I start by saying that a paddler died on the Cheoah River Saturday afternoon. There has been a lot of conjecture about what happened and I will not add to it. We learned of the incident Saturday evening after we returned to camp. Suffice it say that when a paddler dies on a river, it is a true tragedy. I have though a lot about the accident and the rapids on the lower part of the river. I’ll think long and hard about paddling below the bridge to the Falls and beyond in the future.
Louis Boulanger and I put on the river about noon on Saturday, April 26. We paddled Louis’s shredder. David Peak, David Jr., Karrie, and Micah paddled with us. Shortly after putting on, class 2 and 3 rapids started off and quickly picked up to class 3+ with an occasional class 4. The dam release was scheduled for 1000 cfs. Louis and I agreed that the lower 850 cfs release would make it difficult for the shredder, at least in the upper section of the run.
As we approach Wilma’s Ledge, aka God’s Dam (class 4+), we noticed sever people setting a Z-Line, trying to remove a pinned boat below the drop, which resembles a low head dam. Evidently, a boater swam, made it safely to shore but the errant boat pinned. We were able to make it safely by the activity and our group continued downstream.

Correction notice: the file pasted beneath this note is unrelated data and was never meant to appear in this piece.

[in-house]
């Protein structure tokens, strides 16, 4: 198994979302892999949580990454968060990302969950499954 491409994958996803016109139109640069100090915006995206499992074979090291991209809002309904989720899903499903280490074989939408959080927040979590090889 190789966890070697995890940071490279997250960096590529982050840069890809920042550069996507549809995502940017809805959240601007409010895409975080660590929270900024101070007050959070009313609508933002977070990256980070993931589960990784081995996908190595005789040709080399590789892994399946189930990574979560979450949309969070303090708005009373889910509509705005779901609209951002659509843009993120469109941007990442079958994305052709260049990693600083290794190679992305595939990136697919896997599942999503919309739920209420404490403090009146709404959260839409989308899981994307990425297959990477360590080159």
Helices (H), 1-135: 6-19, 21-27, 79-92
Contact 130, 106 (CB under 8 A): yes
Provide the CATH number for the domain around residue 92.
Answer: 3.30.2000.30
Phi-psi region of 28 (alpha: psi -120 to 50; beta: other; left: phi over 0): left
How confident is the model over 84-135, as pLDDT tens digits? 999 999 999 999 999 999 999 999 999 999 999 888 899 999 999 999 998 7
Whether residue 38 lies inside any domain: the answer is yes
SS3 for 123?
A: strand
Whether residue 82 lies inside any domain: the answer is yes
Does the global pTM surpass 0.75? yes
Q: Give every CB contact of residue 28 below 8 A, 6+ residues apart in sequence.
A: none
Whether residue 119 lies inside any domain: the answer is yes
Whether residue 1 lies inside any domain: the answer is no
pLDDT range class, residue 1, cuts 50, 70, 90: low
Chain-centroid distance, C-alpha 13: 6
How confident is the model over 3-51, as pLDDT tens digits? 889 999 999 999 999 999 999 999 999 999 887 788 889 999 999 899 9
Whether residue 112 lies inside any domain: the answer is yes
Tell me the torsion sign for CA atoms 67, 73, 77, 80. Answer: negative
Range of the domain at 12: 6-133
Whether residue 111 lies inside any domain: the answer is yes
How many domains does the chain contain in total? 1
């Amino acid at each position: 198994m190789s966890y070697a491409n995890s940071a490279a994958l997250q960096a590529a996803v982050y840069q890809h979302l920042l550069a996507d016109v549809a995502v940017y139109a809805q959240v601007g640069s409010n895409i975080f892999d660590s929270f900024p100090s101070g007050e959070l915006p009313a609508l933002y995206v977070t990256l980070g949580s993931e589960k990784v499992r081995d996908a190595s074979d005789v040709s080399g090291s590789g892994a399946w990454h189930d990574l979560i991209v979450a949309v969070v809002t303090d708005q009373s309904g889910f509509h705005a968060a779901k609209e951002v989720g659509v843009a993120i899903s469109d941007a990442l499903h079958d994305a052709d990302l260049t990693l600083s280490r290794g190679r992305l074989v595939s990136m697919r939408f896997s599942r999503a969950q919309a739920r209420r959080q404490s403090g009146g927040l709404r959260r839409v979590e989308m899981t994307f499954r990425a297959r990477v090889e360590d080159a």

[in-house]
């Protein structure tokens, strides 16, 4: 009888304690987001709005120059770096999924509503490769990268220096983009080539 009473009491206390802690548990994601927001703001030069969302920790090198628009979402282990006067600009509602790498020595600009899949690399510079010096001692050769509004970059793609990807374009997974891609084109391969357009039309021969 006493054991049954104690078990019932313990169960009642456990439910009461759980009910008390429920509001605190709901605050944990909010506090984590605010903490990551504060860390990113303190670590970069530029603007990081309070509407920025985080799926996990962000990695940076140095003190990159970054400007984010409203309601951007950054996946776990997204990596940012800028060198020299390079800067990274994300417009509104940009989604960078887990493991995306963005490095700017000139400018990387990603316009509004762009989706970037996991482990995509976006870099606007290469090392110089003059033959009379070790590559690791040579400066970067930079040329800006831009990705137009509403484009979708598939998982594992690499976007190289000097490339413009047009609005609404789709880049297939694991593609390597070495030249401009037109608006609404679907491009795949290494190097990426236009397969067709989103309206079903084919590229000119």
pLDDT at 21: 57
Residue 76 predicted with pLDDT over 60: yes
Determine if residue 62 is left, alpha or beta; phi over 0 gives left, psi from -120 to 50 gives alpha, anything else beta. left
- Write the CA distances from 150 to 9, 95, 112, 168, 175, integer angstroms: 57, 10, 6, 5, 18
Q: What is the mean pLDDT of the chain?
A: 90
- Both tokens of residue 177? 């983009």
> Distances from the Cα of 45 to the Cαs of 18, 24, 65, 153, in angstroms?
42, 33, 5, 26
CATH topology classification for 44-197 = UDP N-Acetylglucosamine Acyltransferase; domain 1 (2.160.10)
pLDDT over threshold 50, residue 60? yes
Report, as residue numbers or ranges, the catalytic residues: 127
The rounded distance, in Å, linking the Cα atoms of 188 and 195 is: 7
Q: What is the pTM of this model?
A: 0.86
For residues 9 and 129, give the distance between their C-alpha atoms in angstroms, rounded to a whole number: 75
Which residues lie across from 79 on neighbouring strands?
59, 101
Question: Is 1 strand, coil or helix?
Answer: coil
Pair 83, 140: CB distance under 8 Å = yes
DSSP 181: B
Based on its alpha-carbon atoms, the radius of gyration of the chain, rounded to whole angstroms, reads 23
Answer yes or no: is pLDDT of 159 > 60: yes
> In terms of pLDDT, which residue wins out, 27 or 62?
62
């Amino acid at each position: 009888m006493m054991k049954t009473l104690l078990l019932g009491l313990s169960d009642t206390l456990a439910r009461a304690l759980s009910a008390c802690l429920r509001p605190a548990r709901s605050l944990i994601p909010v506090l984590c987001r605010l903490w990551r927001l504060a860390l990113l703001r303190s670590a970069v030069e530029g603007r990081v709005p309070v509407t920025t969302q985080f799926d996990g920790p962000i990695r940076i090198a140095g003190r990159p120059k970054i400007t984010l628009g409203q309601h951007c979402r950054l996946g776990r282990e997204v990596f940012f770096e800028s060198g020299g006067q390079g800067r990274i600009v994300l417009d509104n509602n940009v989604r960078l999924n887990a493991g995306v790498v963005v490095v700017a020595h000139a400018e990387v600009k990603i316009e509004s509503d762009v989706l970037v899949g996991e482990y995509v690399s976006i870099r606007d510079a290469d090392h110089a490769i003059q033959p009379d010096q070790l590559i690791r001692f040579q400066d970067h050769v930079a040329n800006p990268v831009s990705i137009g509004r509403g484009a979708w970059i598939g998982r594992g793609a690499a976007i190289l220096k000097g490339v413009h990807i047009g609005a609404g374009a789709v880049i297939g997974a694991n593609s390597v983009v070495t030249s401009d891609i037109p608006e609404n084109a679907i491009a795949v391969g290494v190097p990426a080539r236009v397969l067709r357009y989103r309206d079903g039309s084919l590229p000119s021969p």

We had road scouted most of the class 4, 4+, and 5 rapids prior to putting on; however, things looks very different while paddling. All I remember was several big drops, holes, and big wave trains. All went well, as we took out at the bridge above the Falls for a break. Karrie wisely decided not to paddle the big stuff from the Falls downstream. The rest of the group paddled on through the class 4+ entrance and class 4+ falls. Louis ran that in good shape and we took the class 4+ left side of the island below falls that included several big drops. We ended up getting broached on rocks just upstream of a strainer. It took several minutes to free ourselves and then we ferried hard to avoid the strainer.
More class 4+ rapids including Tapco Lodge Rapid and Yard Sale was followed by a mile or so lake paddle. As soon as we carried the shredder to the top of the ramp, I felt great relief. I also realized how tired I was after paddling 8+miles through constant rapids.